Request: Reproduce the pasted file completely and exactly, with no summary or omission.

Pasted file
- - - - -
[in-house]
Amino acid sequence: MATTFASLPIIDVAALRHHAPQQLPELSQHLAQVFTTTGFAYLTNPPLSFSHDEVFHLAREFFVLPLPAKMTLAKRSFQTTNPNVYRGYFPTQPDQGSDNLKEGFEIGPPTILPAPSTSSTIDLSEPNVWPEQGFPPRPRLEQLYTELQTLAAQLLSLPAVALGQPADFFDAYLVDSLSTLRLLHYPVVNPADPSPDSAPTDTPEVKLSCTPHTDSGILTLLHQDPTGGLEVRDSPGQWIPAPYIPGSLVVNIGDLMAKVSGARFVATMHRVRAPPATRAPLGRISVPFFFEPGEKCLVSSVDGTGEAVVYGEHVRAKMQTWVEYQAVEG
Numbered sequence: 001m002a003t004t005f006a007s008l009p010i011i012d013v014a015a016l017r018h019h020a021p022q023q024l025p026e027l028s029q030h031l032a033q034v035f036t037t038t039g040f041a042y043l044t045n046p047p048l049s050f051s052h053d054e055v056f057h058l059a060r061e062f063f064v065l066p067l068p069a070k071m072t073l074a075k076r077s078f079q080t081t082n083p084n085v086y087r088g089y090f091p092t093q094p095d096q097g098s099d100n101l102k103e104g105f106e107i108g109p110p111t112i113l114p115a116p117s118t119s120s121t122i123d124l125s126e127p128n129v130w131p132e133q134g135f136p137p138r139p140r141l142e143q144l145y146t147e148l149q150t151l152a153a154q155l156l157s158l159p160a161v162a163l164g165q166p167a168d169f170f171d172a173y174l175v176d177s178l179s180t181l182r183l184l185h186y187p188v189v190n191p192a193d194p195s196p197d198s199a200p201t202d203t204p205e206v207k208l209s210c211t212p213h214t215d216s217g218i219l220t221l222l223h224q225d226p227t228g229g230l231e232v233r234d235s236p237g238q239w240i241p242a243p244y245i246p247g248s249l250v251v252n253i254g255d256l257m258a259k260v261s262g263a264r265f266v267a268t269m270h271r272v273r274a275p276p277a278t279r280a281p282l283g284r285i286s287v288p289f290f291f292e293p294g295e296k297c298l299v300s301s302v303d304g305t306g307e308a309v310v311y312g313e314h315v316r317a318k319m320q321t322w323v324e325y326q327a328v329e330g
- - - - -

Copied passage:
[in-house]
Amino acid sequence: MATTFASLPIIDVAALRHHAPQQLPELSQHLAQVFTTTGFAYLTNPPLSFSHDEVFHLAREFFVLPLPAKMTLAKRSFQTTNPNVYRGYFPTQPDQGSDNLKEGFEIGPPTILPAPSTSSTIDLSEPNVWPEQGFPPRPRLEQLYTELQTLAAQLLSLPAVALGQPADFFDAYLVDSLSTLRLLHYPVVNPADPSPDSAPTDTPEVKLSCTPHTDSGILTLLHQDPTGGLEVRDSPGQWIPAPYIPGSLVVNIGDLMAKVSGARFVATMHRVRAPPATRAPLGRISVPFFFEPGEKCLVSSVDGTGEAVVYGEHVRAKMQTWVEYQAVEG
Numbered sequence: 001m002a003t004t005f006a007s008l009p010i011i012d013v014a015a016l017r018h019h020a021p022q023q024l025p026e027l028s029q030h031l032a033q034v035f036t037t038t039g040f041a042y043l044t045n046p047p048l049s050f051s052h053d054e055v056f057h058l059a060r061e062f063f064v065l066p067l068p069a070k071m072t073l074a075k076r077s078f079q080t081t082n083p084n085v086y087r088g089y090f091p092t093q094p095d096q097g098s099d100n101l102k103e104g105f106e107i108g109p110p111t112i113l114p115a116p117s118t119s120s121t122i123d124l125s126e127p128n129v130w131p132e133q134g135f136p137p138r139p140r141l142e143q144l145y146t147e148l149q150t151l152a153a154q155l156l157s158l159p160a161v162a163l164g165q166p167a168d169f170f171d172a173y174l175v176d177s178l179s180t181l182r183l184l185h186y187p188v189v190n191p192a193d194p195s196p197d198s199a200p201t202d203t204p205e206v207k208l209s210c211t212p213h214t215d216s217g218i219l220t221l222l223h224q225d226p227t228g229g230l231e232v233r234d235s236p237g238q239w240i241p242a243p244y245i246p247g248s249l250v251v252n253i254g255d256l257m258a259k260v261s262g263a264r265f266v267a268t269m270h271r272v273r274a275p276p277a278t279r280a281p282l283g284r285i286s287v288p289f290f291f292e293p294g295e296k297c298l299v300s301s302v303d304g305t306g307e308a309v310v311y312g313e314h315v316r317a318k319m320q321t322w323v324e325y326q327a328v329e330g